Whether they derived from a new map or from a classical model, the earliest portolan charts were rapidly improved through observation and experience. We see this happening quite dramatically in the way the British Isles are shown on 14th-century charts. By the 1320s the simple rectangle that represented Britain on the carte pisane had developed into a more recognisable shape and Ireland had been added beside it. But this was an outlying area, likely to be corrected at a late stage; the finer adjustments that we see being made in the Mediterranean outline over the same period may be no more than the last stage in a process that, starting from a crude beginning, had produced a tolerably good map by the time the carte pisane first reveals it to us. By then, we should remember, portolan charts had been known for many years.
The early appearance of scale-bars and direction indicators on the portolan charts shows how important the accurate measurement of distance and direction was to those who drew them and to those who used them. The first scale-bars, on early-14th-century charts, are placed within a circle; but before long a simple bar, often at the margin, became normal. It might be thought that no direction indicator was needed beyond the rhumb lines, which always included north-south and east-west alignments, but a miniature compass rose appears on a portolan atlas of 1375 and frequently in portolan charts of the 15th century; the markings on the compass itself may well have derived from the nodal points of the rhumb lines on a chart.
These were not the only changes made on portolan charts in the course of the 14th century. The number of places named along the coasts steadily increases on the earliest charts, but after about 1325 most have some 1100 or 1200 names of which more than a third might vary from one chart to another. These changes may reflect the changing pattern of Mediterranean settlement and commerce, as one little coastal town grew in importance and another declined, but their detailed significance has not been worked out. They can only be an uncertain guide to the chronology of change, for where a particular development can be dated it seldom appears rapidly on a chart and sometimes only after a very long interval. Bilbao, founded about 1300, appears on a chart by 1339; Villefranche, built in 1295, does not replace the site's old name, Olivule, on the charts until the mid-15th century. The same applies to the flags that appear along the coasts on many of the charts to show who held local lordship. A chart of about 1385 is the first to show the English flag with the fleurs-de-lis that were added to it in 1340, and Montpellier, acquired by France from Aragon in 1349, first appears with the French emblems on its flag in 1426.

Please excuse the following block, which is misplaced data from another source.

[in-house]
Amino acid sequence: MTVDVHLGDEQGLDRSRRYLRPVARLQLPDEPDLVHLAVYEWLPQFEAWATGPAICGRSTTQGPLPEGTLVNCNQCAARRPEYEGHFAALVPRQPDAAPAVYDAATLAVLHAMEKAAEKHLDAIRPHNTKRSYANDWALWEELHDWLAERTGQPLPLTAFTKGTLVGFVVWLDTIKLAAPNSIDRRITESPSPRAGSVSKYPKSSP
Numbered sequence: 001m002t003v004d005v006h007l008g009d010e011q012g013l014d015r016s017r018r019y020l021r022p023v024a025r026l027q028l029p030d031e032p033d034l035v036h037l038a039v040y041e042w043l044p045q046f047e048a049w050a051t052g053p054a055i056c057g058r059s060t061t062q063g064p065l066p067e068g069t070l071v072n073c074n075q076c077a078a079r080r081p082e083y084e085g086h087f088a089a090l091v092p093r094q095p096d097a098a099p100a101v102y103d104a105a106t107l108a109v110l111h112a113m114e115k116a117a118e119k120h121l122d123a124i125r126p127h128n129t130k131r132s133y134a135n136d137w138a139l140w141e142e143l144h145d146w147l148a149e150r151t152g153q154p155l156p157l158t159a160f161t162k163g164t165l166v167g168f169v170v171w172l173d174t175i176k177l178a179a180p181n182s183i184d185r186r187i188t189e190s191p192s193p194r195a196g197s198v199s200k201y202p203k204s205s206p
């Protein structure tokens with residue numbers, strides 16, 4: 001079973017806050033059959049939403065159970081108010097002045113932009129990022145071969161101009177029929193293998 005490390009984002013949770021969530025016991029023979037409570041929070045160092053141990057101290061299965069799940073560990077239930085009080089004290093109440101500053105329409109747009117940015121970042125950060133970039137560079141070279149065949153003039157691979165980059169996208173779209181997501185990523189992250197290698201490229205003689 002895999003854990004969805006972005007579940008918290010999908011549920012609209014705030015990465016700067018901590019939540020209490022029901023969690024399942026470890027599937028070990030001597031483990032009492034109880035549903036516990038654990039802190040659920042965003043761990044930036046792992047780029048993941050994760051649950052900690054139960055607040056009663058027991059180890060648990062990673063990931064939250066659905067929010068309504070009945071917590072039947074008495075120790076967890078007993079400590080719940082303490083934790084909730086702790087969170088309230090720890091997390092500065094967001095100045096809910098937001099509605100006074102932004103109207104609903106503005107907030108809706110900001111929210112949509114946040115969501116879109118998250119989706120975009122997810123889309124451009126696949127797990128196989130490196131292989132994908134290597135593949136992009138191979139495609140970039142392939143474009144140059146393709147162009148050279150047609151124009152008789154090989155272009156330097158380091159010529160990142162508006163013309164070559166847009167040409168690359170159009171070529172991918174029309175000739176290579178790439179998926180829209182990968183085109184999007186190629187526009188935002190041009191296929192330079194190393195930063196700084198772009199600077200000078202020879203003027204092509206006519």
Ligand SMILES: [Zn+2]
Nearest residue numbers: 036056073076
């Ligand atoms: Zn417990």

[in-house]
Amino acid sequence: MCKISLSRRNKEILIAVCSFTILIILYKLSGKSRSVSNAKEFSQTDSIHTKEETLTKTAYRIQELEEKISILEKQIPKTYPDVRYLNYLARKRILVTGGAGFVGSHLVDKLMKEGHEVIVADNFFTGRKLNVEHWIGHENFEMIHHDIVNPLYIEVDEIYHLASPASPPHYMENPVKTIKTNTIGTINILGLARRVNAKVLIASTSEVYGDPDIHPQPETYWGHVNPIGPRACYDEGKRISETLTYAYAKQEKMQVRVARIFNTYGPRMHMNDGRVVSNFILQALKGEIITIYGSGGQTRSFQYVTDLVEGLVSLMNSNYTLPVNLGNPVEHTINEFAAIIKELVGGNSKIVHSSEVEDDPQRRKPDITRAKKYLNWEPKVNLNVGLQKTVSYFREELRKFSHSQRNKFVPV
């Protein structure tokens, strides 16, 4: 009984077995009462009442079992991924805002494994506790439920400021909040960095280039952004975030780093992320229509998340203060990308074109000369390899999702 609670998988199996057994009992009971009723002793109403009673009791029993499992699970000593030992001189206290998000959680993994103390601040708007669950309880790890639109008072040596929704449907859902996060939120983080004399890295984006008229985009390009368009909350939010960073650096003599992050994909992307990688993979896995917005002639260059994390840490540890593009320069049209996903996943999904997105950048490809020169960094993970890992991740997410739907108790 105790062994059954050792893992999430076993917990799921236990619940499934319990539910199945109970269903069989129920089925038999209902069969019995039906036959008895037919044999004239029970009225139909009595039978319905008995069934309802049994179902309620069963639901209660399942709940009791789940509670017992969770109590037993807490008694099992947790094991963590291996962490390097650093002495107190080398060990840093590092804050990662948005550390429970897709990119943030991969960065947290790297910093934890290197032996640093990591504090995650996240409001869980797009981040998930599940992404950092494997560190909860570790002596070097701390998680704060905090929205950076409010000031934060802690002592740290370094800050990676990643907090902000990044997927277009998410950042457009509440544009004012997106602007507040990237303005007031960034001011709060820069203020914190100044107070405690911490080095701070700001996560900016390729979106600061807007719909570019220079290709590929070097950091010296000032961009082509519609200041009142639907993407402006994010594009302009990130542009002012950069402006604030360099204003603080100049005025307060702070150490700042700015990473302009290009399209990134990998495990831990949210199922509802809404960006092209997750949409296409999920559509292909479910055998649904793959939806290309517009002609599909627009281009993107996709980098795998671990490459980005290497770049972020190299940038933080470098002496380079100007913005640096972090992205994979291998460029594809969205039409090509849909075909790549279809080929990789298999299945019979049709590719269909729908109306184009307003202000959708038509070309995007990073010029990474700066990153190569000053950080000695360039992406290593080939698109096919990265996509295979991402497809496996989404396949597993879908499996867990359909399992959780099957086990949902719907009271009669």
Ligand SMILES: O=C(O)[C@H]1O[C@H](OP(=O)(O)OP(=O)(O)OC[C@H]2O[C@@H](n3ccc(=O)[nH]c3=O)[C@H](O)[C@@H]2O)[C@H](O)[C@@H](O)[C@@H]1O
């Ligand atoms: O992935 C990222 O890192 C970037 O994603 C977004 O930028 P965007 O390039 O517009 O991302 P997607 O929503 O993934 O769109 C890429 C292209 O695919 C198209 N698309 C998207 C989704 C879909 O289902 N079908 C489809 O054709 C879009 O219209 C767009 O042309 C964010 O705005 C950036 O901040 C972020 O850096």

Long debate over where the earliest portolan charts were made has produced more heat than light, but those surviving from the first half of the 14th century certainly include charts made at Palma, Genoa and Venice. At this date, where it was made scarcely affected the contents of a chart – all gave more or less the same information and any changes were copied on maps made anywhere. After about 1350, however, the different places of origin developed their own traditions, and it starts to become possible to say where a map was drawn from the particular place-names and other features that it shows. In general style, however, Italian maps can be distinguished earlier than this from Spanish ones. Broadly speaking (there are exceptions) Italian maps showed nothing beyond what was relevant to navigation – coastlines and coastal settlements – while the Catalan ones showed some inland features – rivers and mountains - and were more likely to include vignettes and other decoration.
Most of the early portolan charts are anonymous, but some of the mapmakers can be identified and one deserves special mention – Pietro Vesconte, who came from Genoa but did some, perhaps all, of his work at Venice. His work falls within the period 1310-30; the name Perrino Vesconte, which appears on one atlas and one chart, may be his own, using a diminutive form, or that of another member of his family. Vesconte was one of the few people in Europe before 1400 to see the potential of cartography and to apply its techniques with imagination.
In the world maps he drew around 1320 he introduced the outline of the Mediterranean and Black Sea taken from the portolan charts. We may suspect that his influence lay behind the maps of Italy in the Great Chronology by Paolino Veneto that was copied at Naples not long after, for other maps in the same manuscript are related to maps from Vesconte’s workshop that illustrate Marino Sanudo's book calling for a new crusade. These maps of Italy use the coastal outline from portolan charts as the basis for a general map of the area, showing mountains, rivers and inland towns. It was a precursor of the use of portolan charts in regional mapping.
This is an updated version of a text first published in P.D.A. Harvey, Medieval Maps, British Library, 1991.